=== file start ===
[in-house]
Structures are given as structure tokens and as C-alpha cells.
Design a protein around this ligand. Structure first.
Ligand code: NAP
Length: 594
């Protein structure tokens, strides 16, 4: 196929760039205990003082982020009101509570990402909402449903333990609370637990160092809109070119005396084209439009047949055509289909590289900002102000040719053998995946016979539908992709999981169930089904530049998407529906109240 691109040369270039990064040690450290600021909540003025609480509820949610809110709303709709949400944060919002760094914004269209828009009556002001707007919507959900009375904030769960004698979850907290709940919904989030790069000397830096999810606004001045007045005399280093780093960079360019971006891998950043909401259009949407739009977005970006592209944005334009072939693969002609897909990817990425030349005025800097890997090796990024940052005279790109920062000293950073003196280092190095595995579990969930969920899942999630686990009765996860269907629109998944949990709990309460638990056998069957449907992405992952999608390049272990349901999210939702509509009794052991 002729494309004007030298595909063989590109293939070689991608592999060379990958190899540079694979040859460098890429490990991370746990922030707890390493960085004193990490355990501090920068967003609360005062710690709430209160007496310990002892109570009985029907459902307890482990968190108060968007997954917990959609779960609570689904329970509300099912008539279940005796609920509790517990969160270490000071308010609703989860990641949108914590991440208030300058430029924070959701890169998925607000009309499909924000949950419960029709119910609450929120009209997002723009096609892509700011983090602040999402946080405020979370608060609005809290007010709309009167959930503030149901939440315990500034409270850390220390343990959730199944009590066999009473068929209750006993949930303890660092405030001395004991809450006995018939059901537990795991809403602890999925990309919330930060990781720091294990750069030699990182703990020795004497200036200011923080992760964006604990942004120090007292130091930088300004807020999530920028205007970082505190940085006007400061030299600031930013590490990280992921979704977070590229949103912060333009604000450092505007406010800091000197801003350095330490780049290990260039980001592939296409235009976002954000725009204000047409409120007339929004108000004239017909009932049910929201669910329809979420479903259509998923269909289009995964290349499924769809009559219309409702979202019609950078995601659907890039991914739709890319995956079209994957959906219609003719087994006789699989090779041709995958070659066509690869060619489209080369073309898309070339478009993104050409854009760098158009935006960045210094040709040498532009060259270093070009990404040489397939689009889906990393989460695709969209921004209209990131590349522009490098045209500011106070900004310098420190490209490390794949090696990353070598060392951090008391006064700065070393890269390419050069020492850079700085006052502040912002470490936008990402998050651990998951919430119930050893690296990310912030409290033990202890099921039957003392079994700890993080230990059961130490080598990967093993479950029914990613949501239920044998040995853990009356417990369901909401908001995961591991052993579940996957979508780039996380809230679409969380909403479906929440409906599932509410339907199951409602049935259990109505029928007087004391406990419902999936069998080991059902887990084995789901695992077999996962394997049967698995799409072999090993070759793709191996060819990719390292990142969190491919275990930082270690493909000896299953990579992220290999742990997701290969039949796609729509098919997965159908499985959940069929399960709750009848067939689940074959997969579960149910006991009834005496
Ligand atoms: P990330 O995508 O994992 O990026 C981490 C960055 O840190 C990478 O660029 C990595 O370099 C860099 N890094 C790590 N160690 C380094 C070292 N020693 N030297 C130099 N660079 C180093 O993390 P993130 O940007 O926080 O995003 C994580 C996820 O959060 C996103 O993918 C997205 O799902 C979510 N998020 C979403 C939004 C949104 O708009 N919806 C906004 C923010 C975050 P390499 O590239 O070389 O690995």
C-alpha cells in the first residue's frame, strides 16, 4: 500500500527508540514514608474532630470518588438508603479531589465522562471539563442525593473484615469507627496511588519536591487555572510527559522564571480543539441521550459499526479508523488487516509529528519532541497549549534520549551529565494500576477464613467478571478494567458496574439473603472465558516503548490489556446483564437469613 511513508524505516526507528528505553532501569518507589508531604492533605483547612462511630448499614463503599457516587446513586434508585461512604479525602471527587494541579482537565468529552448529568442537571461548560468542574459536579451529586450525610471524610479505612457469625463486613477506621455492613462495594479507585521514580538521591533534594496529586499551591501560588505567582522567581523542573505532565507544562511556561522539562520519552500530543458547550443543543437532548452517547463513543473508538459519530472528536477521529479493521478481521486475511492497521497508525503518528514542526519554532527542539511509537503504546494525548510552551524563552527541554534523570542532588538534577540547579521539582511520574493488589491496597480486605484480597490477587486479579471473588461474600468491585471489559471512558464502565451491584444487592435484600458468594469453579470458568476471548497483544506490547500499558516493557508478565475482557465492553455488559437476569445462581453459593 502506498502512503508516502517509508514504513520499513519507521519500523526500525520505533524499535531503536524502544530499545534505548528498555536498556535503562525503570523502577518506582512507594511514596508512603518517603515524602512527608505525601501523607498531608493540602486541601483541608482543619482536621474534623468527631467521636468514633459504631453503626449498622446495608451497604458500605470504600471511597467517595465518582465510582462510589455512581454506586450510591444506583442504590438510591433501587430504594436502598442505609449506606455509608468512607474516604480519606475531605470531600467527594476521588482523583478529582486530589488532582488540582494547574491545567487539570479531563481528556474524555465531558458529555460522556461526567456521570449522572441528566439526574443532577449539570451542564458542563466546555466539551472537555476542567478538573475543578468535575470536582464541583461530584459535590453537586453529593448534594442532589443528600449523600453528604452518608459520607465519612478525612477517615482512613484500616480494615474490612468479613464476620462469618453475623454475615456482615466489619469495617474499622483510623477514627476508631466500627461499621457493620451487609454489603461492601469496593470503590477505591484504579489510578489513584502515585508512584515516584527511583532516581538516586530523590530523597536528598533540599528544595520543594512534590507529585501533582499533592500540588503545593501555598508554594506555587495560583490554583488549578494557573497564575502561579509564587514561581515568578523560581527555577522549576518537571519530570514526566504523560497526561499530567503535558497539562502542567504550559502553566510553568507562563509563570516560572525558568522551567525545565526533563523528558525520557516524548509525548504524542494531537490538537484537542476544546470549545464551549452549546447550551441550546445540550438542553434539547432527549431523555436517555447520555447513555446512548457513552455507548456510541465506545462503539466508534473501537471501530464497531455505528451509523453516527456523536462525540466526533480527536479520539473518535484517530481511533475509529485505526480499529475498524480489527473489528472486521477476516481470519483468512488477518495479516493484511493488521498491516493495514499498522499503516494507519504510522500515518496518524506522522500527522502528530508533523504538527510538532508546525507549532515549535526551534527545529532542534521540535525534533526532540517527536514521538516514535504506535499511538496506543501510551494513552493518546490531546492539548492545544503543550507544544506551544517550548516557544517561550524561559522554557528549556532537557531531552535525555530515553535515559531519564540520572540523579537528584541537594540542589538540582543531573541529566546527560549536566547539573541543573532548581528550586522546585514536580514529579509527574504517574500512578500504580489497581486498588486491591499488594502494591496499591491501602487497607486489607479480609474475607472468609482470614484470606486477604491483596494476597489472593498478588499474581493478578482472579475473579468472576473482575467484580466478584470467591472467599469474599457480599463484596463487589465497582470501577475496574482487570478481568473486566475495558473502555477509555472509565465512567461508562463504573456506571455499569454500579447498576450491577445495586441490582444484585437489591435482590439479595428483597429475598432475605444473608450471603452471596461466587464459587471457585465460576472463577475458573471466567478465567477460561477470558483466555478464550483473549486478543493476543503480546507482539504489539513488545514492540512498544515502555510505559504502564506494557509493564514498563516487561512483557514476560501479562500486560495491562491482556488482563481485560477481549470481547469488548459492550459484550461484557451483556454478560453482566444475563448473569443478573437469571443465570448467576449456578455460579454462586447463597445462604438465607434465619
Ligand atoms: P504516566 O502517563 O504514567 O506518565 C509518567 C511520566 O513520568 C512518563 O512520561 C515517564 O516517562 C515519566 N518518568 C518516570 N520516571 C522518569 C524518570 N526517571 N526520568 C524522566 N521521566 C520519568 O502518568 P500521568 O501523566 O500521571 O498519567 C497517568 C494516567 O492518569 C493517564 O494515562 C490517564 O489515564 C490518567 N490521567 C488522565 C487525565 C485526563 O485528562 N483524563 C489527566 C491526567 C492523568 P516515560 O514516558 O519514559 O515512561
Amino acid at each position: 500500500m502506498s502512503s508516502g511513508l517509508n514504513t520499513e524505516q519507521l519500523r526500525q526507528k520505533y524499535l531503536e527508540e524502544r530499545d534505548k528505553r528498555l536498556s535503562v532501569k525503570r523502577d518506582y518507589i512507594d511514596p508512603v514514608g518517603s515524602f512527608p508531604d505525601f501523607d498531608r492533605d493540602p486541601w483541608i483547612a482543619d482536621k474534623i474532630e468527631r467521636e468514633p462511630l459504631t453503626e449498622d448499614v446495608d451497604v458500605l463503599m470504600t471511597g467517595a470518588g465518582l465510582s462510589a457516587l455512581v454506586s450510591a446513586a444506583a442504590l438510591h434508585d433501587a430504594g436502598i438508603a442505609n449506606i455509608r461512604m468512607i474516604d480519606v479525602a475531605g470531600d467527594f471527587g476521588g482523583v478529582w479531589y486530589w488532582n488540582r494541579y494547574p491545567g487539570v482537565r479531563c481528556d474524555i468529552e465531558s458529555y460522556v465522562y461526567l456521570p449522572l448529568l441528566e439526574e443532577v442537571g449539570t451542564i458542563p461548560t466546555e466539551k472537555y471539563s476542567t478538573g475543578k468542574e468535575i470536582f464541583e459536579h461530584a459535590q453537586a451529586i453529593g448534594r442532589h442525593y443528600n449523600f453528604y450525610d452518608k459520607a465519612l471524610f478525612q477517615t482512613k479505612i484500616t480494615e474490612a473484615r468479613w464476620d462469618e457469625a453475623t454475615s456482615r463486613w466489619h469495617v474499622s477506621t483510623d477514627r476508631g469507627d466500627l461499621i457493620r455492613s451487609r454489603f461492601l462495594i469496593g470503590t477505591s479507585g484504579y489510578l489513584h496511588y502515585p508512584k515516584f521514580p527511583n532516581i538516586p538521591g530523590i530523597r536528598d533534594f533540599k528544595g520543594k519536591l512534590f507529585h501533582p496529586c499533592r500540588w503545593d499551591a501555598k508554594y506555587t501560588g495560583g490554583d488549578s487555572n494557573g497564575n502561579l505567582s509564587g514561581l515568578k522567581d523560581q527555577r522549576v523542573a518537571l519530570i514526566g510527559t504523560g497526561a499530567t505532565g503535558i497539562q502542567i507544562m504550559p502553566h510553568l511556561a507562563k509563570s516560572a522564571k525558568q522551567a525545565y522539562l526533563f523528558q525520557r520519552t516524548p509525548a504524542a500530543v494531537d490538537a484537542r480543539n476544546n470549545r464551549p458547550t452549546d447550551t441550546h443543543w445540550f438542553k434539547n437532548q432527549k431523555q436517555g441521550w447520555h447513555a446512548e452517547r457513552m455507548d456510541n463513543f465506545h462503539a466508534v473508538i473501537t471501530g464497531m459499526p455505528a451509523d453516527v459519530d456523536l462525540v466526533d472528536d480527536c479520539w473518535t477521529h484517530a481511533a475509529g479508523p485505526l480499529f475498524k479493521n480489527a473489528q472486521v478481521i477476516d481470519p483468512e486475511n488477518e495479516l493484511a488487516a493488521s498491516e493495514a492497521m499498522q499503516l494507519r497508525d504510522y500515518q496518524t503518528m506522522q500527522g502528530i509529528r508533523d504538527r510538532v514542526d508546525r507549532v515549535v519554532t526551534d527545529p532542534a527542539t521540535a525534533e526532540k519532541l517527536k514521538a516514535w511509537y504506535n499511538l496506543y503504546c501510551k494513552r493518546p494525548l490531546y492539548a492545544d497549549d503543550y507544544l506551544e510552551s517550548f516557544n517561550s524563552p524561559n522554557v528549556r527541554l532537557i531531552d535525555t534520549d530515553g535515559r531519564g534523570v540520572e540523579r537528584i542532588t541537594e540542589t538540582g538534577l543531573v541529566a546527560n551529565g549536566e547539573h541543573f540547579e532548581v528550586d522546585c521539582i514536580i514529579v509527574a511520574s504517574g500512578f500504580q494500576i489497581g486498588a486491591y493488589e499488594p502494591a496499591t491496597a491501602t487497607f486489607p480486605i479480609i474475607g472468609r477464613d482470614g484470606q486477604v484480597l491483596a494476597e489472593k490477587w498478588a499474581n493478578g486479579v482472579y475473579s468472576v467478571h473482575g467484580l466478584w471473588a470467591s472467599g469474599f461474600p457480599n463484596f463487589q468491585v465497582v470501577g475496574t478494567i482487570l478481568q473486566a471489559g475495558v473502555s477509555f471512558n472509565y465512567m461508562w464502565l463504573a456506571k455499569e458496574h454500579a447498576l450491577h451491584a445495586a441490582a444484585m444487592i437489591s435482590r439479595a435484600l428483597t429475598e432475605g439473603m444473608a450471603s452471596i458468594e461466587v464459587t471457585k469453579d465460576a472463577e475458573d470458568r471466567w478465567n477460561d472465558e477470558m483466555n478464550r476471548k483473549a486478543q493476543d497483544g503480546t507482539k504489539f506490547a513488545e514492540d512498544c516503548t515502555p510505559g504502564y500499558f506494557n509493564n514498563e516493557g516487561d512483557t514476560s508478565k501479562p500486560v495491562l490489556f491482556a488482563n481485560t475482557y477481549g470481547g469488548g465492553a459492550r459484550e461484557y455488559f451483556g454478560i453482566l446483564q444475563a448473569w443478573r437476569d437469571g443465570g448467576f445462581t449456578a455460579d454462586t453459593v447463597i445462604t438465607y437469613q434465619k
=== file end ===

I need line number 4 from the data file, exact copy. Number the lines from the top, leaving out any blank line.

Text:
Ligand code: NAP